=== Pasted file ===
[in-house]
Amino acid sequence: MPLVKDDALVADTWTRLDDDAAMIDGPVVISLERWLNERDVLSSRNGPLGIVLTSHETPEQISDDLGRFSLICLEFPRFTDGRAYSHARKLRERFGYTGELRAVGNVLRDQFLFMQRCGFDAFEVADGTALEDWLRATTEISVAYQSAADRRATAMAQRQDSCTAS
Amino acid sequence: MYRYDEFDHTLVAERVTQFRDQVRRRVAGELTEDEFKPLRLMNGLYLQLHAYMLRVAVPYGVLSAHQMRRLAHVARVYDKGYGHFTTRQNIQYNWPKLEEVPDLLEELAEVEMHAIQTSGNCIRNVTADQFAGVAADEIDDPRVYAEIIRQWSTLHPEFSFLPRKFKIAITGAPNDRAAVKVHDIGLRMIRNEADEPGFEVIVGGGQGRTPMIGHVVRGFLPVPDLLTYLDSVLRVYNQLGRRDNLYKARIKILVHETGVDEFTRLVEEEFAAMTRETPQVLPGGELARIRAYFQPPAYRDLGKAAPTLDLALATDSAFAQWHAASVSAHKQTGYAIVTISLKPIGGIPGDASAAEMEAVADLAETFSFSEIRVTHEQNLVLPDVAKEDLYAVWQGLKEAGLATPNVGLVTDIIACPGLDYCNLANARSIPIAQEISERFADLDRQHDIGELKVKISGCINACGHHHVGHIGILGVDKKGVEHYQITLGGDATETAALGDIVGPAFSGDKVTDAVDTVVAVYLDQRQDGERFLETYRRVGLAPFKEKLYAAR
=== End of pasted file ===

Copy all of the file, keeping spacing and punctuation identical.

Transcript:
[in-house]
Amino acid sequence: MPLVKDDALVADTWTRLDDDAAMIDGPVVISLERWLNERDVLSSRNGPLGIVLTSHETPEQISDDLGRFSLICLEFPRFTDGRAYSHARKLRERFGYTGELRAVGNVLRDQFLFMQRCGFDAFEVADGTALEDWLRATTEISVAYQSAADRRATAMAQRQDSCTAS
Amino acid sequence: MYRYDEFDHTLVAERVTQFRDQVRRRVAGELTEDEFKPLRLMNGLYLQLHAYMLRVAVPYGVLSAHQMRRLAHVARVYDKGYGHFTTRQNIQYNWPKLEEVPDLLEELAEVEMHAIQTSGNCIRNVTADQFAGVAADEIDDPRVYAEIIRQWSTLHPEFSFLPRKFKIAITGAPNDRAAVKVHDIGLRMIRNEADEPGFEVIVGGGQGRTPMIGHVVRGFLPVPDLLTYLDSVLRVYNQLGRRDNLYKARIKILVHETGVDEFTRLVEEEFAAMTRETPQVLPGGELARIRAYFQPPAYRDLGKAAPTLDLALATDSAFAQWHAASVSAHKQTGYAIVTISLKPIGGIPGDASAAEMEAVADLAETFSFSEIRVTHEQNLVLPDVAKEDLYAVWQGLKEAGLATPNVGLVTDIIACPGLDYCNLANARSIPIAQEISERFADLDRQHDIGELKVKISGCINACGHHHVGHIGILGVDKKGVEHYQITLGGDATETAALGDIVGPAFSGDKVTDAVDTVVAVYLDQRQDGERFLETYRRVGLAPFKEKLYAAR